Would we remember Rasheed’s untrackable strengths differently if, say, he had averaged 20 and 10 over his career? If we weren’t faced with the question of “How did this guy become one of the most important and roundly discussed players in the league?” would we look at his skill set differently? This brings up something I call the Bruce Bowen problem. It’s what happens when we, who have been brought up to evaluate athletes through their numbers, fail at explaining why a certain player is held in high esteem. There’s no question that Bruce Bowen was an elite defender, but I also believe that if he could do something more than launch 3-pointers from the corner, his defensive skills would be looked at in a diminished light. The fact that Bowen could play 38 minutes for a championship team and only score, say, six points and grab four rebounds demands some explanation. And, fair or not, we tend to fill those explanations with “intangibles.” The late-career Rasheed Wallace, because of his centrality in basketball discussions and his lackluster stats, became defined almost entirely by his qualities as a teammate, his post defense, and his basketball smarts. I’m not saying this is right or wrong, but it always struck me as a bit of an overcorrection. Say what you will about the validity of the All-Defensive NBA team, but it’s still damning that Rasheed Wallace never made one. Every other elite-level defender in his era (Garnett, Duncan, Ben Wallace, Bowen, World Peace) made multiple first and second teams. He did make four All-Star teams, including in 2008, when he averaged 12.7 points and 6.6 rebounds per game. Chris Webber, who averaged 20 and 10 for his career and was clearly the best player on the Kings, only made five All-Star Games.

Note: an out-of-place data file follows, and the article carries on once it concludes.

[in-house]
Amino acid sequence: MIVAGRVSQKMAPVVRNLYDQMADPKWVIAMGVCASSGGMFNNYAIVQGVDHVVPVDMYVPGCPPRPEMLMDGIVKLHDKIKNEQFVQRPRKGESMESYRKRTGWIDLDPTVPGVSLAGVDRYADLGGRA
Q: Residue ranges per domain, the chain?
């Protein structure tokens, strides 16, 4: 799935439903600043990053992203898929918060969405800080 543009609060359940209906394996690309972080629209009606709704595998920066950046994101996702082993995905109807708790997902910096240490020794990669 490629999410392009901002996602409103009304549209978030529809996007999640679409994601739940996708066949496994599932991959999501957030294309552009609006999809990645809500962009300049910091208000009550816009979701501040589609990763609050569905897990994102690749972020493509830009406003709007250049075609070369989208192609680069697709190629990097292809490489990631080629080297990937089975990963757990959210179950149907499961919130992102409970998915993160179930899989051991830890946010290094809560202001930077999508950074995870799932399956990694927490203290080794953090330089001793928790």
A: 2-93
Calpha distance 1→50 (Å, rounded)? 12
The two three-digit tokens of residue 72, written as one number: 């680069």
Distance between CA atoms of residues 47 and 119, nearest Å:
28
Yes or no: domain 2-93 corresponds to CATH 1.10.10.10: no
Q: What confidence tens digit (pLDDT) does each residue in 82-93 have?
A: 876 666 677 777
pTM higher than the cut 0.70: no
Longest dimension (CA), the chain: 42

Those All-Star Game selections are the only hard evidence that Rasheed Wallace, basketball player, was something more than Otis Thorpe with range. All-Star Game selections, of course, are also highly subjective, and these say more about Rasheed’s standing within the league’s fraternity of players and coaches. Which brings us to a somewhat frustrating conclusion: There’s no real way to define Rasheed Wallace’s career, and, as such, he probably won’t be remembered as the outsize personality who put a urinal in his house in Portland, helped supplant the Kobe-Shaq dynasty, and single-handedly redefined the public perception of what makes a great NBA teammate. Those moments will ultimately be forgotten. His statistical record tells us even less. When evaluated within the context of basketball history, every player takes on some unwarranted or un-evidenced baggage — the negative space must be filled in with something. I can’t think of a player whose negative space shaded more positively. At first, Rasheed Wallace was given absolutely no rope, and then he finished his career with the benefit of every single doubt.
But maybe we’re right to side with Rasheed. Yes, the younger generation of NBA fans has probably pumped up his actual accomplishments and might remember him a bit too fondly, but that impulse came out of a collective frustration with the media’s inability to look much past the polarity of players who must either be “well-spoken” or “thugs.” By simply not caring what the media had to say about him, Rasheed forced a reevaluation of the characteristics that make a good basketball player, and, by extension, some necessary reflection on the type of thinking that would create a term like “Jail Blazers.”